Monday, October 31, 2016

Another Day, Another $34 Billion in Telecom Industry Consolidation

            Today’s mega-merger combines CenturyLink and Level 3 Communications, two major players, but surely not on most consumers’ radar screens.  CenturyLink has acquired an impressive array of companies over the years including the AT&T spunoff Bell Operating Company, formerly known as US West and before that, Mountain Bell.  Level 3 owns and operates one of the largest inventories of domestic and international fiber optic transmission lines in the world.  If you run a traceroute for just about any web link, Level 3 would have at least one line in the list of networks traversed.  The company also serves as the major Content Distribution Network for Netflix.

            In this time of low interest rates, massive retained earnings and the urge to acquire scale, this merger will generate little concern, or interest.  One can dismiss all the hype about efficiency, scale and synergy gains and still tolerate a merger of this sort, because of how much it differs from AT&T’s recent announcement of its intent to acquire Time Warner.

            With the exception of CenturyLink’s first and last mile, local exchange services and middle mile links between businesses in the Mountain West, both this company and Level 3 operate in mostly competitive markets, or at least ones that lack substantial barriers to market entry.  There are existing facilities-based competitors and technological innovations support new ways to expand transmission capacity and use new radio spectrum options.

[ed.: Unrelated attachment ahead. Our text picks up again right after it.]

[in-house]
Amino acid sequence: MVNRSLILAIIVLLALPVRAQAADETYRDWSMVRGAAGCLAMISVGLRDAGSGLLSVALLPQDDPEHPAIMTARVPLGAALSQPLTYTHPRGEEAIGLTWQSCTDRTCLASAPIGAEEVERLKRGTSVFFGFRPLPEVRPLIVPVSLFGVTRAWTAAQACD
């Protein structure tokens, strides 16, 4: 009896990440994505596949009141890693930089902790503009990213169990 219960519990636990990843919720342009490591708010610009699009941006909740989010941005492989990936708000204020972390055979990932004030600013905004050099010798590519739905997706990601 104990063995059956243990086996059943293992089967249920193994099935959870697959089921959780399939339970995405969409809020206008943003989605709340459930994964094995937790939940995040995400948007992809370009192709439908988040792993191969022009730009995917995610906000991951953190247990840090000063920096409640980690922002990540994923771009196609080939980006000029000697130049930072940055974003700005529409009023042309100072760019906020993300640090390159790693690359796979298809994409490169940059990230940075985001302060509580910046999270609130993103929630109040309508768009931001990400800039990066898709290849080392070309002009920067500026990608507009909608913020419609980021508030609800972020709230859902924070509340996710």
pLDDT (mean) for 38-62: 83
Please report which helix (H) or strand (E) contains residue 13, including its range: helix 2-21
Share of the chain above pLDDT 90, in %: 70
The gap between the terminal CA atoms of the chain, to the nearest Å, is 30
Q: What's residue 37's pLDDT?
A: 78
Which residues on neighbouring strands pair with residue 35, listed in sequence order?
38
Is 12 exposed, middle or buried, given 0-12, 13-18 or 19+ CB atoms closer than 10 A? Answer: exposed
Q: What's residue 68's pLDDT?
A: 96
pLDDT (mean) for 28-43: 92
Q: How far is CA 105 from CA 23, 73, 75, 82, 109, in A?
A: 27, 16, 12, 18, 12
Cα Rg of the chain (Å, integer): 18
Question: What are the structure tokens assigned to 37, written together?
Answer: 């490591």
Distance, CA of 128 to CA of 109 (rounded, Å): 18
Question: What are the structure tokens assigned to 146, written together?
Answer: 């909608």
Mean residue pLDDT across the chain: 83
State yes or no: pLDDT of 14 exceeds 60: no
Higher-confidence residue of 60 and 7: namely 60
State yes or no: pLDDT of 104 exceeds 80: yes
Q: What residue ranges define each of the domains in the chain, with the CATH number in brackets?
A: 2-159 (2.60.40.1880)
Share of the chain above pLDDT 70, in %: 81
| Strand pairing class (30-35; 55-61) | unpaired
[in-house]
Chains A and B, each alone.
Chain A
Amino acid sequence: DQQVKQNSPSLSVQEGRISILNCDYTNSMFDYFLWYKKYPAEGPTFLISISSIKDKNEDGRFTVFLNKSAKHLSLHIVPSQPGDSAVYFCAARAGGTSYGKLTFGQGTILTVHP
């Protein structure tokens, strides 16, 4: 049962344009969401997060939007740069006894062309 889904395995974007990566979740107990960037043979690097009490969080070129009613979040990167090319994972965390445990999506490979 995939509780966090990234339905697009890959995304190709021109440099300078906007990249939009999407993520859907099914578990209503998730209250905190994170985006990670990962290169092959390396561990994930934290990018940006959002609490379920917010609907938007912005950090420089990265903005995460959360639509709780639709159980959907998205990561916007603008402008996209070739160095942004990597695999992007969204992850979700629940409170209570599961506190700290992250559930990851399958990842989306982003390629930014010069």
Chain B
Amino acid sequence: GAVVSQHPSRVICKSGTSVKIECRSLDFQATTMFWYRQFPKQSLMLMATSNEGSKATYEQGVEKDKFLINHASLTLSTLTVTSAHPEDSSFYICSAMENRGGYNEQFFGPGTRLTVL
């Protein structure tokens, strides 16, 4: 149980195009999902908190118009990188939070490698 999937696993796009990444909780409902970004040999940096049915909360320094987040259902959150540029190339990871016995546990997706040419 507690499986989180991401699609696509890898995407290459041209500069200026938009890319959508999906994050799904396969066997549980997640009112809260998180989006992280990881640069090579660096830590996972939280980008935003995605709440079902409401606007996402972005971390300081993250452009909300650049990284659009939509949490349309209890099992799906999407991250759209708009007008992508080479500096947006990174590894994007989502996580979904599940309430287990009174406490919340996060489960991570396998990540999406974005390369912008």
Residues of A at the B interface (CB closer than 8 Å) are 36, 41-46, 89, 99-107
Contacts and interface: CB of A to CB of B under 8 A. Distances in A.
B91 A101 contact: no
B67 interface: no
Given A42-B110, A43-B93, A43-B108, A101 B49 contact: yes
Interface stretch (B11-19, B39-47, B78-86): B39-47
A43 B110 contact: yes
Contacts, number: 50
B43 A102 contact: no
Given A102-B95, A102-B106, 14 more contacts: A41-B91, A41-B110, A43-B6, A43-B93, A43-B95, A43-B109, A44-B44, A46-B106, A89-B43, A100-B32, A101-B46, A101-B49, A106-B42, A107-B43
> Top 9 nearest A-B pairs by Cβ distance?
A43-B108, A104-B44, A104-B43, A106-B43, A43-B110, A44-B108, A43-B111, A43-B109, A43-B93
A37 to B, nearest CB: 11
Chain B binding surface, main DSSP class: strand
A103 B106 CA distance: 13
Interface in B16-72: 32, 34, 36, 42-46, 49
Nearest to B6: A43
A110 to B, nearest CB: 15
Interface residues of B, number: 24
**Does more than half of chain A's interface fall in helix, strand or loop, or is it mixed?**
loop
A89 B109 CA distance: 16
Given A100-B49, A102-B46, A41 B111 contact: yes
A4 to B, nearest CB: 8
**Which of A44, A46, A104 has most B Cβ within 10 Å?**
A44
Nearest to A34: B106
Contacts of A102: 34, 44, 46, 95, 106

In the vernacular, both companies face inter-modal and intra-modal competition.  Inter-modal competition occurs when there are multiple content transmission options: fiber optic cables, copper wire, satellites, terrestrial microwave radio, Wi-Fi, Wi-Max, 4G and 5G cellular radio, etc. Intra-modal competition refers to the availability of multiple carriers in each of the above content transmission media.

            I am not thrilled when companies have easy and expedient ways to buy market share, instead of earning it through superior business skills.  I wish companies had to devote sleepless afternoons sharpening their pencils and the value position of the goods and services they offer.  On the other hand, we should realize that bigness and unlimited access to capital does not guarantee success.

            Sponsored researchers may wax poetic about the virtues of vertical and horizontal integration and how it only takes 2 or 3 players to achieve a competitive market.  They cannot guarantee that a fully integrated company can achieve best practices, much less ok practices, in each of the industry sectors they choose to operate.

             Telecommunications history provides countless examples of how large companies unilaterally opted to divest non-core assets including Time Warner (print media, films, cable television operators) and General Electric (NBC).  Are their spun off ventures worst off?